Progressive multiple sclerosis is a form of multiple sclerosis that is characterized as having nerve degeneration (the breakdown of nerves) in the absence of clinical episodes of inflammation. Researchers funded by grants from places such as the National Institutes of Health (NIH), the National Multiple Sclerosis Society, the International Progressive MS Alliance, and more are working to answer these common questions about progressive MS
THERE ARE THREE TYPES OF PROGRESSIVE MS:
1. Primary-progressive multiple sclerosis (PPMS) is characterized by steady worsening of neurologic functioning, without any distinct relapses (attacks or exacerbations) or periods of remission. The rate of disease progression may vary over time, but it is continuous.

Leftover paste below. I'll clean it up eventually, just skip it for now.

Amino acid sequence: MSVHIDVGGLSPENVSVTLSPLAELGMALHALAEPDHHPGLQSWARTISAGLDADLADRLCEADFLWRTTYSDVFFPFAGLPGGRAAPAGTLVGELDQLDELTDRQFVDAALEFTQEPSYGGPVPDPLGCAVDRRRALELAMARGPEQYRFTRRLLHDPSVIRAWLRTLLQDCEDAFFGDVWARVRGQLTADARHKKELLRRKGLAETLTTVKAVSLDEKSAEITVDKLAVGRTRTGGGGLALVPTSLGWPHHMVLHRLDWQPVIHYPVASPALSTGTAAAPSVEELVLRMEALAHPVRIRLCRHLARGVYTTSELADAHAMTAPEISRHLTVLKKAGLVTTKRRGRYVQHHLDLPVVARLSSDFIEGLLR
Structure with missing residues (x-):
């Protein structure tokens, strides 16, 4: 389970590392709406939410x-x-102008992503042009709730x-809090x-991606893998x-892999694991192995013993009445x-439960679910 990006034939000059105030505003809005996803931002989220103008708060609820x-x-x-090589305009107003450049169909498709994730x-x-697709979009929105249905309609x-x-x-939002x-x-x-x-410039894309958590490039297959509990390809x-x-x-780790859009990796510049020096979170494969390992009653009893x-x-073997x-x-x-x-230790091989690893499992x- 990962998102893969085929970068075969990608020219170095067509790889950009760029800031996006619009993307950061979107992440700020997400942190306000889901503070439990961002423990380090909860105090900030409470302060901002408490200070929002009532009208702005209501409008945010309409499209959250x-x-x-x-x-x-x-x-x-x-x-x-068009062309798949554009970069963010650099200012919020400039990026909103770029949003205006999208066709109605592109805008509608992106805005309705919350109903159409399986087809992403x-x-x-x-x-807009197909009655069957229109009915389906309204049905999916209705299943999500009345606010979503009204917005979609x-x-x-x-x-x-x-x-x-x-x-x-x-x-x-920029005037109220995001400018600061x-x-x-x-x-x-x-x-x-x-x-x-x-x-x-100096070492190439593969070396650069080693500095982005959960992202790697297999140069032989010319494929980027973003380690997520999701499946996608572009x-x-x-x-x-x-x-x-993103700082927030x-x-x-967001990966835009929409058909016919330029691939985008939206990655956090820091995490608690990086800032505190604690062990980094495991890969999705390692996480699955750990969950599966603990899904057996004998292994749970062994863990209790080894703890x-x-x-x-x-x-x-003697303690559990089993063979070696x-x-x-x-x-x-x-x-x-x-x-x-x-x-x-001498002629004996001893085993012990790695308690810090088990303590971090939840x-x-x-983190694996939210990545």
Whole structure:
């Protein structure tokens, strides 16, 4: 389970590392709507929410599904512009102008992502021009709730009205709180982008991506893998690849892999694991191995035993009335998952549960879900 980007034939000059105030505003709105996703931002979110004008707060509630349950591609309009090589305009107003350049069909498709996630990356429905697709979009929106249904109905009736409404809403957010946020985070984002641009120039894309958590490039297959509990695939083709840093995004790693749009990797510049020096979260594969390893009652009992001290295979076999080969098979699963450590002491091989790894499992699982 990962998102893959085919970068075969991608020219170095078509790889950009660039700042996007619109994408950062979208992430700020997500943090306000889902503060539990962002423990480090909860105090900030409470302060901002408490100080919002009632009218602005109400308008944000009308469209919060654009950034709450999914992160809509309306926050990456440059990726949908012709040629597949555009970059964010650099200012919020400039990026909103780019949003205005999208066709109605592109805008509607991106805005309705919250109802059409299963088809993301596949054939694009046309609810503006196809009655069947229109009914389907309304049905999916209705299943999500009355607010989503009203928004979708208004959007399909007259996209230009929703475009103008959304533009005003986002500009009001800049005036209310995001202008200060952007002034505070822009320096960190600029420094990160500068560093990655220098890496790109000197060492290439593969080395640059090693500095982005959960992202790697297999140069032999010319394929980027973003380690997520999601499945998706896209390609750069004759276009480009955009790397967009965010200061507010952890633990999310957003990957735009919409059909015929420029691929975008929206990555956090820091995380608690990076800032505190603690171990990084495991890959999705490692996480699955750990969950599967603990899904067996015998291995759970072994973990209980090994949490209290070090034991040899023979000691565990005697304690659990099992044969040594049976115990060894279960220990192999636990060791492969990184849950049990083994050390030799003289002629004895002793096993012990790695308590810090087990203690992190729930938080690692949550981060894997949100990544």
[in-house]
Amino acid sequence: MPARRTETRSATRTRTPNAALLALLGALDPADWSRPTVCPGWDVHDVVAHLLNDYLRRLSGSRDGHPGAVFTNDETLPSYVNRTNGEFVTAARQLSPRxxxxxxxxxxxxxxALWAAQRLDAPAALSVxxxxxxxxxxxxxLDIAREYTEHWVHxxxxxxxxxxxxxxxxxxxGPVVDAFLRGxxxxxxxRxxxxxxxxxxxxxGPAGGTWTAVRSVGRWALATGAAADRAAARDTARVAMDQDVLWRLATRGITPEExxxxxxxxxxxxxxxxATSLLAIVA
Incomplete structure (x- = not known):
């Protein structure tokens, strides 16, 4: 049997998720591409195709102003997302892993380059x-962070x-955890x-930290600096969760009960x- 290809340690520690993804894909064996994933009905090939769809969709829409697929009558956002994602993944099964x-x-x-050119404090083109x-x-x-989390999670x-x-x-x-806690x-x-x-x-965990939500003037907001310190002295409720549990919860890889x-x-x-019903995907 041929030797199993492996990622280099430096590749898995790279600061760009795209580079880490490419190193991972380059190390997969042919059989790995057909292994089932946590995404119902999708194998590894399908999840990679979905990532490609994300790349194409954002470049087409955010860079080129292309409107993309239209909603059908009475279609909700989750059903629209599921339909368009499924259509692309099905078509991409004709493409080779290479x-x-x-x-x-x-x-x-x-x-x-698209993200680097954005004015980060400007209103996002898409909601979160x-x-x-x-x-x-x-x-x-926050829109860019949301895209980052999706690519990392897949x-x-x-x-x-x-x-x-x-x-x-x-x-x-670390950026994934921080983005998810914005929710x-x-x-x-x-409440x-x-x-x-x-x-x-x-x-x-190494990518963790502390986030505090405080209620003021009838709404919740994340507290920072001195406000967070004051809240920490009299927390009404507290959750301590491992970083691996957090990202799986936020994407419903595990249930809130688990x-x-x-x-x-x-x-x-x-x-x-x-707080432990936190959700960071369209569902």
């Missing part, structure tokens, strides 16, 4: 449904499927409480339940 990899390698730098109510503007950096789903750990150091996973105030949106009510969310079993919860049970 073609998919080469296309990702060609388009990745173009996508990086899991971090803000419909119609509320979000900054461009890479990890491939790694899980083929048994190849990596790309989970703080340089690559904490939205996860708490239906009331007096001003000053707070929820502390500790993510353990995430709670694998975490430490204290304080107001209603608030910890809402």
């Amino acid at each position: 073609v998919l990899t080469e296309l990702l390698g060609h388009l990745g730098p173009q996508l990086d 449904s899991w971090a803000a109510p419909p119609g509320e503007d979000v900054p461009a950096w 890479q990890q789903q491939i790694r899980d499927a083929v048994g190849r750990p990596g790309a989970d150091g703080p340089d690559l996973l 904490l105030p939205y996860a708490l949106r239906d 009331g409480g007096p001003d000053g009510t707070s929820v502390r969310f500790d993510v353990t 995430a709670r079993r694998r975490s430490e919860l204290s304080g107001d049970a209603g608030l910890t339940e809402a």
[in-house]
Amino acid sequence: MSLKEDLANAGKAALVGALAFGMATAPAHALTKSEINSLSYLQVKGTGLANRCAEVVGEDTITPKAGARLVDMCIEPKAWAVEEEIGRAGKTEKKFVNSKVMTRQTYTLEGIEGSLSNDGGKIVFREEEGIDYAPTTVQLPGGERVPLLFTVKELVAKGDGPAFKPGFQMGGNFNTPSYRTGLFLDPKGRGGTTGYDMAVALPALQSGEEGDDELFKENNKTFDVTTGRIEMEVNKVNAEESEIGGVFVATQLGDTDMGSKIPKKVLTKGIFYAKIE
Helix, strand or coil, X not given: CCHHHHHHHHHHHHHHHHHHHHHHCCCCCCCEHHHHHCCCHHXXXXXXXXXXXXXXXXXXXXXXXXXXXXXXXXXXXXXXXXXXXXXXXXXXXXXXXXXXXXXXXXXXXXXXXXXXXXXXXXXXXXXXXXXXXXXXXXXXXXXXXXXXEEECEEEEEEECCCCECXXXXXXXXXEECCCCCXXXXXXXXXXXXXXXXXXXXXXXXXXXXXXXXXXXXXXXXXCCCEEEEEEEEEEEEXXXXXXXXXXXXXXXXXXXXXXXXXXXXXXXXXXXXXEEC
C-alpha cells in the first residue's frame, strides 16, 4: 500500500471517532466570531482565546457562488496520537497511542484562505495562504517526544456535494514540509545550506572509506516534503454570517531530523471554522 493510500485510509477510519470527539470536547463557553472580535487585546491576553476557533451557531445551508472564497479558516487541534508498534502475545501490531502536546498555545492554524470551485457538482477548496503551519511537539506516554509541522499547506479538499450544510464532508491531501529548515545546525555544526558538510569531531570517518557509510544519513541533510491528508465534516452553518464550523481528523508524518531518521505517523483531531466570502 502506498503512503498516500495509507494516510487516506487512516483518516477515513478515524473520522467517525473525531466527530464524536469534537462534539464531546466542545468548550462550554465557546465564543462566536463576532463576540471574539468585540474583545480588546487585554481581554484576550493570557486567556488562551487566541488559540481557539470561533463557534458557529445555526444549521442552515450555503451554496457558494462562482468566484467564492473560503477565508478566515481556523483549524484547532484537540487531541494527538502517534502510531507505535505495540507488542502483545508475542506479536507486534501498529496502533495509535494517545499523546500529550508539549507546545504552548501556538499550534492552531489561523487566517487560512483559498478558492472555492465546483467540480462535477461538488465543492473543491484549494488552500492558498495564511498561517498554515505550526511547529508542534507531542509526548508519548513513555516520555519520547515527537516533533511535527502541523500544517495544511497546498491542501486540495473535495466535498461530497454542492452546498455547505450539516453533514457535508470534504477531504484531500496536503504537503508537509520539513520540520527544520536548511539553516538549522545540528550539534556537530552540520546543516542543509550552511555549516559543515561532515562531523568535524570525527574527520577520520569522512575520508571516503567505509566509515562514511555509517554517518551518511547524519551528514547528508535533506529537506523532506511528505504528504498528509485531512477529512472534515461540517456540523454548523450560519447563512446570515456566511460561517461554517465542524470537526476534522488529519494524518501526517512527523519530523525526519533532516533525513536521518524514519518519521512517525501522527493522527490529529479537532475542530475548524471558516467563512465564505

2. Secondary progressive MS (SPMS) comes on after the relapsing-remitting disease course (RRMS).
3. Progressive-relapsing MS (PRMS) is the least common of the disease courses, occurring in approximately five percent of those with MS. PRMS is recognized by the same progression as PPMS, with occasional relapses—thus individuals with PPMS are re-diagnosed with PRMS when they experience a relapse.
Read more and/or watch a video found here - from Narcoms